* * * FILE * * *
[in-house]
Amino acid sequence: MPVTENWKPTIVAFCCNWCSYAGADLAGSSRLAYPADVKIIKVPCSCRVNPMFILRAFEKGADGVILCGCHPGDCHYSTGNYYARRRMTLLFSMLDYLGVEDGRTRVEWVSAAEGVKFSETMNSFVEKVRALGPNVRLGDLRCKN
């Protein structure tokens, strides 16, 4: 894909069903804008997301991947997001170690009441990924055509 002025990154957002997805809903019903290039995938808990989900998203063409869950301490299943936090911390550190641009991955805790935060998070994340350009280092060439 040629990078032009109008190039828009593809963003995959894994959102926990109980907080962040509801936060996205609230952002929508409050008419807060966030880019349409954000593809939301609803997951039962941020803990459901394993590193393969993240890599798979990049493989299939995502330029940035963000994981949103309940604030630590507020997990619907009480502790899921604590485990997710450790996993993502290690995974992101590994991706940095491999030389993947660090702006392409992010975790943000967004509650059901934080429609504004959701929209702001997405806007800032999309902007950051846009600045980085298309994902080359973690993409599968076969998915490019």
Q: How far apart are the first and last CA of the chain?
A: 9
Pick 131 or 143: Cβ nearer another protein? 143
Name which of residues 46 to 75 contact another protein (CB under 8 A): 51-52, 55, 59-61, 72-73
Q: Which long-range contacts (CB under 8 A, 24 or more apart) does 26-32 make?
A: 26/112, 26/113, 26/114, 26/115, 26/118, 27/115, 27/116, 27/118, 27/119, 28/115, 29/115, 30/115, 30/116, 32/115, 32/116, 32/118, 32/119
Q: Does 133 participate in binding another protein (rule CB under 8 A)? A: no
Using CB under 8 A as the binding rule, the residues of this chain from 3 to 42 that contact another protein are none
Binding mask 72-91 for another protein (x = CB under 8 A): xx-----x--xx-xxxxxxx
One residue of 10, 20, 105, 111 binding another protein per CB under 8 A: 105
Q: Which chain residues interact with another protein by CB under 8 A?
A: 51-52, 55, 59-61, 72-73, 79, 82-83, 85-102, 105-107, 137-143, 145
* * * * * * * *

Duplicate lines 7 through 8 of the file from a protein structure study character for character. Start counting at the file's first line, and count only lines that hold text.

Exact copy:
Name which of residues 46 to 75 contact another protein (CB under 8 A): 51-52, 55, 59-61, 72-73
Q: Which long-range contacts (CB under 8 A, 24 or more apart) does 26-32 make?